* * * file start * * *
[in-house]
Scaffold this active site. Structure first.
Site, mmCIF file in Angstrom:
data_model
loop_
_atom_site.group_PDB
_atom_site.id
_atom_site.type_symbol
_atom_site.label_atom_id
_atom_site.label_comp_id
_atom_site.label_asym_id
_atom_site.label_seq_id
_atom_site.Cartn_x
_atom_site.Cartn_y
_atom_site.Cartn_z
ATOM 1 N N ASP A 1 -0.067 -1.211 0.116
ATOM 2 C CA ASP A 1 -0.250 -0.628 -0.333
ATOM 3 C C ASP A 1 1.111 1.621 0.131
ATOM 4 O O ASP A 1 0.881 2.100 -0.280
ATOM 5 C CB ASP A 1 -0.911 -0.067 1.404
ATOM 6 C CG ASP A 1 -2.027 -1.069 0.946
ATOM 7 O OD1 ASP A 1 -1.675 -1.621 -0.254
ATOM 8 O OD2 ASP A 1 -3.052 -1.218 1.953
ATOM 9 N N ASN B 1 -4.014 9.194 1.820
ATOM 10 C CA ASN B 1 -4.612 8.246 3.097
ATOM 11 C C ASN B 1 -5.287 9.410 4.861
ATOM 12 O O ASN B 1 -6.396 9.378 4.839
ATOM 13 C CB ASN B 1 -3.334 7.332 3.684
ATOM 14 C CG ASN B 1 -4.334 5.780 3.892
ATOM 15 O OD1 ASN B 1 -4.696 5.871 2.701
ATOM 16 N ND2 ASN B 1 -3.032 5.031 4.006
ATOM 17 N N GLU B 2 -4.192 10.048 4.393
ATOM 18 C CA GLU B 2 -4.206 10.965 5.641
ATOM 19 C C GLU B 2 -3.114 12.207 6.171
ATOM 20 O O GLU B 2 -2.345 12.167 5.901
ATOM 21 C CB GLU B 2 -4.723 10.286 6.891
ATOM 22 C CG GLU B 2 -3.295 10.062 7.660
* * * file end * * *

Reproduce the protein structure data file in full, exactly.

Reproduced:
[in-house]
Scaffold this active site. Structure first.
Site, mmCIF file in Angstrom:
data_model
loop_
_atom_site.group_PDB
_atom_site.id
_atom_site.type_symbol
_atom_site.label_atom_id
_atom_site.label_comp_id
_atom_site.label_asym_id
_atom_site.label_seq_id
_atom_site.Cartn_x
_atom_site.Cartn_y
_atom_site.Cartn_z
ATOM 1 N N ASP A 1 -0.067 -1.211 0.116
ATOM 2 C CA ASP A 1 -0.250 -0.628 -0.333
ATOM 3 C C ASP A 1 1.111 1.621 0.131
ATOM 4 O O ASP A 1 0.881 2.100 -0.280
ATOM 5 C CB ASP A 1 -0.911 -0.067 1.404
ATOM 6 C CG ASP A 1 -2.027 -1.069 0.946
ATOM 7 O OD1 ASP A 1 -1.675 -1.621 -0.254
ATOM 8 O OD2 ASP A 1 -3.052 -1.218 1.953
ATOM 9 N N ASN B 1 -4.014 9.194 1.820
ATOM 10 C CA ASN B 1 -4.612 8.246 3.097
ATOM 11 C C ASN B 1 -5.287 9.410 4.861
ATOM 12 O O ASN B 1 -6.396 9.378 4.839
ATOM 13 C CB ASN B 1 -3.334 7.332 3.684
ATOM 14 C CG ASN B 1 -4.334 5.780 3.892
ATOM 15 O OD1 ASN B 1 -4.696 5.871 2.701
ATOM 16 N ND2 ASN B 1 -3.032 5.031 4.006
ATOM 17 N N GLU B 2 -4.192 10.048 4.393
ATOM 18 C CA GLU B 2 -4.206 10.965 5.641
ATOM 19 C C GLU B 2 -3.114 12.207 6.171
ATOM 20 O O GLU B 2 -2.345 12.167 5.901
ATOM 21 C CB GLU B 2 -4.723 10.286 6.891
ATOM 22 C CG GLU B 2 -3.295 10.062 7.660